Roth's Winchell fights the good fight, and pays for it with his life. After President Lindbergh disappears, there is an ultra-right coup d'état, Winchell's own presidential candidacy is terminated by his assassination, and America temporarily goes openly pro-Nazi as a prelude to preparing for war on Canada. Why does Lindbergh disappear? It would be spoiling the story to tell you. Roth does a pretty good job of spoiling the story himself, by dishing out improbabilities with shameless haste; if it were not for the quality of the writing, you could be reading The Da Vinci Code. Luckily for the reader's mental health, Roth is no more capable of an uninteresting sentence than Dan Brown is capable of an interesting one. But you would wonder why Roth bothered, if it weren't so obvious that his chief concern is not with official repression but with social prejudice, as it was then and still is today. Here, once again, and as always, he is in a cleft stick. He knows that he was brought up in an artist's Arcadia, the ideal combination of domestic stability and psychic turmoil. ("Doctor," Portnoy asks his analyst, "what should I rid myself of, tell me, the hatred … or the love?") Lest we doubt that, he gives it to us again: the Weequahic neighborhood of Newark, New Jersey, in all its emotional uproar, gnawing neurosis, flagrant embarrassments, and career-forming linguistic vitality. (With the proviso that literature should never be thought of as a branch of sociology, the novels of Richard Price can be said to give us the bitter contemporary reality of the boroughs that once inspired Roth's sweetest memories.) But Roth also knows that another Arcadia patronizes the one he came from. To the blessed denizens of Wasp Heaven, or Lindbergh Land, the noisy passions of his childhood will always look like a joke. The only possible defense mechanism of the Jewish comic writer is to get in with the joke first, and time it better; it was Woody Allen, not a Jew-baiter, who stuck himself with a rabbi's beard in Annie Hall. But to the mind in which it is operating, the defense mechanism must inevitably seem a form of concession—especially when the mind belongs to a man who has taken comic writing to the highest levels of philosophy, politics, and social analysis.

Roth emerged from his borough as a full-blown sophisticate, and it is hard for the sophisticate to look back on his origins without looking down. Porte-Noir can't lust after his button-nosed ice skater without tacitly conceding that a standard marriage to a nice Jewish girl is beneath his ambitions. His irrepressible schlong is a rock drill to a higher stratum. The price of rising in the social world is an apparent alliance with the prejudiced; to prove that there is no alliance is a constant battle; and the result is a torn conscience. In Roth's case, the torn conscience has been the motor of a steadily accumulating literary achievement without parallel in his time—an achievement whose resonance reaches far into Europe and the Middle East, making even the most illustrious of his American contemporaries look comparatively provincial. He is aware to the point of self-laceration that he was born in the right spot; he was probably already aware of it when he put his childhood pennies into one of the blue tins that helped to build Israel. But he is stuck with the anguish of an insoluble paradox: as an individual, he rejects the role of representative; but he is bound to be a representative when he fights prejudice.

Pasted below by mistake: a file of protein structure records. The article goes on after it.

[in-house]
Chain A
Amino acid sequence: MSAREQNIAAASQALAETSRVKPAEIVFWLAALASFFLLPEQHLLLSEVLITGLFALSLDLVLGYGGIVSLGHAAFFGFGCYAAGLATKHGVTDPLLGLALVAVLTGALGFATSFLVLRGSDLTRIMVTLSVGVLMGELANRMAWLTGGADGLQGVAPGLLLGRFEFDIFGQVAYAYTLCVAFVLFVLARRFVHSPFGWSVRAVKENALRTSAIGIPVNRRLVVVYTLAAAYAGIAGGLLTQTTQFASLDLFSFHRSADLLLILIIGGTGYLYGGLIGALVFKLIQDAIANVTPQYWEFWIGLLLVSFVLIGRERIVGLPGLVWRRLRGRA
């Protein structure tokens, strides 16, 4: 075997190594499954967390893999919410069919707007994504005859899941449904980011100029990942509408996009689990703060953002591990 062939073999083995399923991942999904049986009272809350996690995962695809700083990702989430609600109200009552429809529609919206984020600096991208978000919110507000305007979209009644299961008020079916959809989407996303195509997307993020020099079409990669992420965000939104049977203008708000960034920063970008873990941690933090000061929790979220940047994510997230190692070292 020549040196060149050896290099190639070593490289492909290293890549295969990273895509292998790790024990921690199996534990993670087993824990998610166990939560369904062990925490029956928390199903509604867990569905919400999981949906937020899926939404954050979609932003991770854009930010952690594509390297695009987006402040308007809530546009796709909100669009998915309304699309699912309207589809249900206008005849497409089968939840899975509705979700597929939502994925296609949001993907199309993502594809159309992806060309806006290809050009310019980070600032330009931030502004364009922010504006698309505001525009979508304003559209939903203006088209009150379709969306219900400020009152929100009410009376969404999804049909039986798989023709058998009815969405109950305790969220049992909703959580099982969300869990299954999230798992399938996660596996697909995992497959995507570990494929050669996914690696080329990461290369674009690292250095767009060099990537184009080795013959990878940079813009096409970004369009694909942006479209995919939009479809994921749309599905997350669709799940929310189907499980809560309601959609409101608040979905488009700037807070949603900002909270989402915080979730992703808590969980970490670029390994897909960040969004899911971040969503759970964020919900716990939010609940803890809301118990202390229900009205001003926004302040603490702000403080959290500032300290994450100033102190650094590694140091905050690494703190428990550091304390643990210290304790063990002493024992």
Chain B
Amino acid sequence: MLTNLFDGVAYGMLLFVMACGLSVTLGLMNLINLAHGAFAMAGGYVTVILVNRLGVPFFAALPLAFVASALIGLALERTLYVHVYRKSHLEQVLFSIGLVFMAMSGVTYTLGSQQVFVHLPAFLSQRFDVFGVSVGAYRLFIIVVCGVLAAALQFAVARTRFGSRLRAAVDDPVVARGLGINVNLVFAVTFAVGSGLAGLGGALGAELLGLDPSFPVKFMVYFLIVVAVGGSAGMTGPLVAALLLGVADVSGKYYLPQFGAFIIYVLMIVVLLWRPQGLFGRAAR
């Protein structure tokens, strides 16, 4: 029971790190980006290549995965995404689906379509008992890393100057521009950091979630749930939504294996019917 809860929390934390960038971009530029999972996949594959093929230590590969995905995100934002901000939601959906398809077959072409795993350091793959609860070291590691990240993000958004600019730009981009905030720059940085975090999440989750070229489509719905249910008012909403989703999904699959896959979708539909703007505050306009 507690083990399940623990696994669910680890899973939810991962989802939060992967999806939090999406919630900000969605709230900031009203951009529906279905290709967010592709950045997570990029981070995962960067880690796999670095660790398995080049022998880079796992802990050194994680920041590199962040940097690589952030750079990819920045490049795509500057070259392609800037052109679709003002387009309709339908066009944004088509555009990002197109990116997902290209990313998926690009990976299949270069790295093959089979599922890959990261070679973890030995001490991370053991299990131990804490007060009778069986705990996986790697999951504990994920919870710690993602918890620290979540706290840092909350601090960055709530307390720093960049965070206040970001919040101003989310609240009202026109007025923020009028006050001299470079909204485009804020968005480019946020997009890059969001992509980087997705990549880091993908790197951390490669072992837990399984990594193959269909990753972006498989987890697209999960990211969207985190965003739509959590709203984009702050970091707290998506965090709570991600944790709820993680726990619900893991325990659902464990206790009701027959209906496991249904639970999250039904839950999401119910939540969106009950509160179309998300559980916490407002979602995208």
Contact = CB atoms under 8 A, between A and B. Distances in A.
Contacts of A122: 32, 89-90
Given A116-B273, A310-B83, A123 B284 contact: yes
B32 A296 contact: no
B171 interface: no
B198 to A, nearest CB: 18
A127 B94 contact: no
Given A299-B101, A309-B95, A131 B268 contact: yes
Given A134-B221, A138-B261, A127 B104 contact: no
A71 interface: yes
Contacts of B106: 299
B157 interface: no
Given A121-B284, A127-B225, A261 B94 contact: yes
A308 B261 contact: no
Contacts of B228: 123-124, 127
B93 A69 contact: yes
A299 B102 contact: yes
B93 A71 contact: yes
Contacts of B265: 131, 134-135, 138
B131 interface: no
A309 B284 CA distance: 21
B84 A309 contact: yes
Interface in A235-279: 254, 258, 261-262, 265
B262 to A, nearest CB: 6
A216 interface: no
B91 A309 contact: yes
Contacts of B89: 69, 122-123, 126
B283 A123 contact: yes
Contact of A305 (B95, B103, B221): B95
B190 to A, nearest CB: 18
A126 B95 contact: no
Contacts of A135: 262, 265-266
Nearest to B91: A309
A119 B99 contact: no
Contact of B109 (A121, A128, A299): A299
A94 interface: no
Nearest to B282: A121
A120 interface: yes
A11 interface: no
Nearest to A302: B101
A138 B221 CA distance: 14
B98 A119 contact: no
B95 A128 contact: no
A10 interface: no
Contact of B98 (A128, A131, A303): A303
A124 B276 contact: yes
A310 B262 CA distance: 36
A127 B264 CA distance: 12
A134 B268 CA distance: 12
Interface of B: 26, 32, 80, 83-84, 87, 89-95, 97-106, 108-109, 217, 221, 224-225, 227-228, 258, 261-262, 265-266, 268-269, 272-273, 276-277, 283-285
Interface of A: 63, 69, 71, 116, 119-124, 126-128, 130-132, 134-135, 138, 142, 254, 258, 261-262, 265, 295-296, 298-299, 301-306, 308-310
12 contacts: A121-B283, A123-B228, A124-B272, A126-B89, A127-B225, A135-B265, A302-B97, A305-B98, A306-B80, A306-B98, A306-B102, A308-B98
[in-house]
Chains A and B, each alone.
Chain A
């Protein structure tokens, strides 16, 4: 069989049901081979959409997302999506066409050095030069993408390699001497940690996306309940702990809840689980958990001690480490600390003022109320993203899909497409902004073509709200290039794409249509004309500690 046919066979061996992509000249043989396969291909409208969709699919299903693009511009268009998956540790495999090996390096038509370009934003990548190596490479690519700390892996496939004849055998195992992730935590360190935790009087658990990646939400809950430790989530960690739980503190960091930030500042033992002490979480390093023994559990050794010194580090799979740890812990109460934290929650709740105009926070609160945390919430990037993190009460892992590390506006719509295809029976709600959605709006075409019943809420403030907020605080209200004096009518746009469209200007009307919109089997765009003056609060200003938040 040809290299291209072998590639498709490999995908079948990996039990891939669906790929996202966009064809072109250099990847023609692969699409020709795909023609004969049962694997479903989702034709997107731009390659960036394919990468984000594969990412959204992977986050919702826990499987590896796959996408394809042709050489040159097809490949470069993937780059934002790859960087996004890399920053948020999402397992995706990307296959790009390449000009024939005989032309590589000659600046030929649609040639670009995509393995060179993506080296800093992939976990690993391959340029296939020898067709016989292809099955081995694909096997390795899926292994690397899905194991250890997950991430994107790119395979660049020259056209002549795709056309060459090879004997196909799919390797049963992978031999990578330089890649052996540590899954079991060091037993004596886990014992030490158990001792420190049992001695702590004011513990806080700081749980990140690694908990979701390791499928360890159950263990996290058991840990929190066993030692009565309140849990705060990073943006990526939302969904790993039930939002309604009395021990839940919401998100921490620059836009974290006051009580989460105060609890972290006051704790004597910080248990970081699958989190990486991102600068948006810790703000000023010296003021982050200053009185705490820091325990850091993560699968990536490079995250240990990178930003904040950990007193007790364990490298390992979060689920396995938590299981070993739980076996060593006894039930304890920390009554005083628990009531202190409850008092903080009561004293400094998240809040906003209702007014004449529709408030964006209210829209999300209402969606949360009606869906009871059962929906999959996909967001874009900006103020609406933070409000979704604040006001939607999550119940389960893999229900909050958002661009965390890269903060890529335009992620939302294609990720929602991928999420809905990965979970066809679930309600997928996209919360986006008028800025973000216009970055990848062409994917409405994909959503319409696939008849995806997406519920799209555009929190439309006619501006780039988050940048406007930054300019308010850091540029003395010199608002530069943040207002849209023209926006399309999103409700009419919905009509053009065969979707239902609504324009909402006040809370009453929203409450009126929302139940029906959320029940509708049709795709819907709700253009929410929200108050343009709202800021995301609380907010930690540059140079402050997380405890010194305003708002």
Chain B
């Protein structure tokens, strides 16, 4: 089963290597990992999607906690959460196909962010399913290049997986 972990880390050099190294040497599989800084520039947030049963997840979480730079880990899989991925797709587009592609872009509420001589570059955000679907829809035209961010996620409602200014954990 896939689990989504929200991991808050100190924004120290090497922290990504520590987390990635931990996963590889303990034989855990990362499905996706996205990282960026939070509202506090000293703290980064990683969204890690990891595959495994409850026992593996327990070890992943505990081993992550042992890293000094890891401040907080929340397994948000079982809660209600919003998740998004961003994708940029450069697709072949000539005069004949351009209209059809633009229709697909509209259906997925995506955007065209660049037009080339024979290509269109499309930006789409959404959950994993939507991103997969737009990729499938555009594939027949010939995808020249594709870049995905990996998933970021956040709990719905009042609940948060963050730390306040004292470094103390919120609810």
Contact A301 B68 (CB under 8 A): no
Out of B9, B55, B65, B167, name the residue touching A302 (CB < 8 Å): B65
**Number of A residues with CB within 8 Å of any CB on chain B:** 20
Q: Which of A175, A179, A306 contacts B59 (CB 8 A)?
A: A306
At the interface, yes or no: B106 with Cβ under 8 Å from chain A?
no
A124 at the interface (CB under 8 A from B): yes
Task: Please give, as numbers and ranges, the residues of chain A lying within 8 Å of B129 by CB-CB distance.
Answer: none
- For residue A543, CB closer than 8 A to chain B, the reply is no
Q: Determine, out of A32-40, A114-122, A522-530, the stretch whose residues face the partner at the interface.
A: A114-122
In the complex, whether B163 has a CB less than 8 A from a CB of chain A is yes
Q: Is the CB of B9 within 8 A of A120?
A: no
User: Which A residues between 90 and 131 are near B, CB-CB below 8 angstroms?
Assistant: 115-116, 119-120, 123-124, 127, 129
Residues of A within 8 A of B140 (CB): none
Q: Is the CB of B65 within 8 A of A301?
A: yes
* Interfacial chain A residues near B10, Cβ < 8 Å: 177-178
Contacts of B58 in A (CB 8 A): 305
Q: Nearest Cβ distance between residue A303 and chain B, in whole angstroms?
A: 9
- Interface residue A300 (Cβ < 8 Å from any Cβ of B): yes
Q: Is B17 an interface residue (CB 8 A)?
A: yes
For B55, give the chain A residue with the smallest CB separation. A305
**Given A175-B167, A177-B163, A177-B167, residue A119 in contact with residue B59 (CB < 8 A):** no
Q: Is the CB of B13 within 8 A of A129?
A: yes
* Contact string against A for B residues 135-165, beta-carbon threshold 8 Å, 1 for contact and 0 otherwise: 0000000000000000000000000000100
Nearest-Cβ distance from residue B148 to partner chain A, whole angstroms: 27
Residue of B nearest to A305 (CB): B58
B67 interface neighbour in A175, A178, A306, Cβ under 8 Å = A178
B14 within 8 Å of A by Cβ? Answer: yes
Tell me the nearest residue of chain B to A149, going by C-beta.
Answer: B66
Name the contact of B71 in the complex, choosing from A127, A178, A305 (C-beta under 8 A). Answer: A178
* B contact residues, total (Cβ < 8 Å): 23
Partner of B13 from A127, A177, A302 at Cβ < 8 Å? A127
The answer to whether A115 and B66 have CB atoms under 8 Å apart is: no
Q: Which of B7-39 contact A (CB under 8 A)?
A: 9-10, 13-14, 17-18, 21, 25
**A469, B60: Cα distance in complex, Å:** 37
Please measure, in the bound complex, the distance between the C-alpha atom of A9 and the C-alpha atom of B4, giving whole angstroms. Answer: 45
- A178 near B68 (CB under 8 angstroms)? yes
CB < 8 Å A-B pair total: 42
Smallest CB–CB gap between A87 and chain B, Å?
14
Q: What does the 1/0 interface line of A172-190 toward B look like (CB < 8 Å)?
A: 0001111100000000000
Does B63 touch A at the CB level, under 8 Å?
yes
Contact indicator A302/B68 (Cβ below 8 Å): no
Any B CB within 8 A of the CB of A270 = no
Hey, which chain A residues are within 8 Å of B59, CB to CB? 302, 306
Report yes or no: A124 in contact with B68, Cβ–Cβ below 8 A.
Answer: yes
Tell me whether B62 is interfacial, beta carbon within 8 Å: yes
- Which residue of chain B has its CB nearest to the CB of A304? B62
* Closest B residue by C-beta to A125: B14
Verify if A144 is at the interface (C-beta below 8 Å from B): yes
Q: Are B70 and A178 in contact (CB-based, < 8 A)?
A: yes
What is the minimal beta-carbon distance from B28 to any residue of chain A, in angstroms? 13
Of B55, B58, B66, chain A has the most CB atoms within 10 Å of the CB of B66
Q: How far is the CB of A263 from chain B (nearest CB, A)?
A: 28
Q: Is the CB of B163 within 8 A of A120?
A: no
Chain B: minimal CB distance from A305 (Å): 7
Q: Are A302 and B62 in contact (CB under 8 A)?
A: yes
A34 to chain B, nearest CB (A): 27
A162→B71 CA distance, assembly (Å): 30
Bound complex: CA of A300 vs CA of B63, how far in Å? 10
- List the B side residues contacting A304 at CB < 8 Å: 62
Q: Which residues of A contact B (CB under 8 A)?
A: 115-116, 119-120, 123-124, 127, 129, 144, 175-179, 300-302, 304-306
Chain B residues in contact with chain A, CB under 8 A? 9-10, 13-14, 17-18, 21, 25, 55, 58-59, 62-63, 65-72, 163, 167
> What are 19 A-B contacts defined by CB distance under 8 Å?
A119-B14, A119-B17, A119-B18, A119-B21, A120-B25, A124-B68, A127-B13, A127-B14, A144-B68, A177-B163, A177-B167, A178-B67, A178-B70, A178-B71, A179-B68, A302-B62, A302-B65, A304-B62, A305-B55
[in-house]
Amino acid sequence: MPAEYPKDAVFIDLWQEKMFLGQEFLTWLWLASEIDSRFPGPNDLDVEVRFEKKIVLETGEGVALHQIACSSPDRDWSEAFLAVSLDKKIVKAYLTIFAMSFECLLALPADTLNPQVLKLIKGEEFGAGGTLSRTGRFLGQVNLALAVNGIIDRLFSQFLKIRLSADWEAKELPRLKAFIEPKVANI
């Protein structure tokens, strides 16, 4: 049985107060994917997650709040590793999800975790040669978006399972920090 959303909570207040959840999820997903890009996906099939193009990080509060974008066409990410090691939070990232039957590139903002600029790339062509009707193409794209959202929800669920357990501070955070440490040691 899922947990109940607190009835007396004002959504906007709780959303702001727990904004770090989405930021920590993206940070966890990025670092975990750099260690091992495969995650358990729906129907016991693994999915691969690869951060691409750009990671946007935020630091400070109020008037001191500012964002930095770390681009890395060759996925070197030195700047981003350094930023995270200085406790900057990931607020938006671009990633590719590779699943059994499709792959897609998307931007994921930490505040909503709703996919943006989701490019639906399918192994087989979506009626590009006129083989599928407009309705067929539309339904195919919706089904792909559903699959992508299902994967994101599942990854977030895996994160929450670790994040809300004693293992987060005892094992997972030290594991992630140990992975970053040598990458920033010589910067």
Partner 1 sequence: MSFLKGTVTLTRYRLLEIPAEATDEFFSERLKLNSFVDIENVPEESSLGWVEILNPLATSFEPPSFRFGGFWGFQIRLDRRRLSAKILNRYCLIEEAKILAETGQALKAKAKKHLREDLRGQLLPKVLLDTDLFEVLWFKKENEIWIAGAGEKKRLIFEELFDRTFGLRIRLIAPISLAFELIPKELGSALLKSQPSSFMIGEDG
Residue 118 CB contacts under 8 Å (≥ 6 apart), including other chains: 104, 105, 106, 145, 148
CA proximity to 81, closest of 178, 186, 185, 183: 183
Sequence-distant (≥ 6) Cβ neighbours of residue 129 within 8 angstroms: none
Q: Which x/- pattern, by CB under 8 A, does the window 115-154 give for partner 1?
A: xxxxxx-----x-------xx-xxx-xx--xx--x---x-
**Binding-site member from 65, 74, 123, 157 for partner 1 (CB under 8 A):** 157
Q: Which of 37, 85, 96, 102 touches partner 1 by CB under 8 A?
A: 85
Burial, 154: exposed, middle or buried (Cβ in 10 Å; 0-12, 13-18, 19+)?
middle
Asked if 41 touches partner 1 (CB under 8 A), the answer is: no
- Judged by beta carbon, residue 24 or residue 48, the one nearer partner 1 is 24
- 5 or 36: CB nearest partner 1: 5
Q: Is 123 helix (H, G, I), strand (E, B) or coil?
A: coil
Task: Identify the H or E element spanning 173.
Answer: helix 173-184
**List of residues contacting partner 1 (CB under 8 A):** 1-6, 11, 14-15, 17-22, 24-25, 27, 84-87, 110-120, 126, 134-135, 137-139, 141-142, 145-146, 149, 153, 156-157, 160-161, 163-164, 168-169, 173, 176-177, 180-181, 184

As a man of reason, he must have figured out early that it has always been even worse for blacks: any photograph of Duke Ellington taken late in his life shows what being cast as a representative can do to the face of a genius. Ellington was too polite to say that an invitation to the White House was no full consolation for all the hotels that wouldn't have let him past the front desk. There was never a hotel that Roth couldn't get into, but he can be excused for inventing an alternative and worse American past in which his father would be told that the room he had been given was unavailable after all. It's an understandable bad dream. But it hasn't led to a good book, and couldn't have. The United States will never be free of racial prejudice for the same reason that it will never enshrine racial prejudice in anything like the Nuremberg Laws: it's a free country. Being that, it is bound to be full of things we don't like, but the federally sanctioned destruction of a racial minority isn't among them, and hasn't been since Wounded Knee. As Roth must have realized long before he finished writing it, the insuperable problem with The Plot Against America is that America is against the plot.

Clive James is a London-based literary journalist, novelist, critic, and poet. His collected poems, The Book of My Enemy, and a selection of his critical prose, As of This Writing, were both published last year.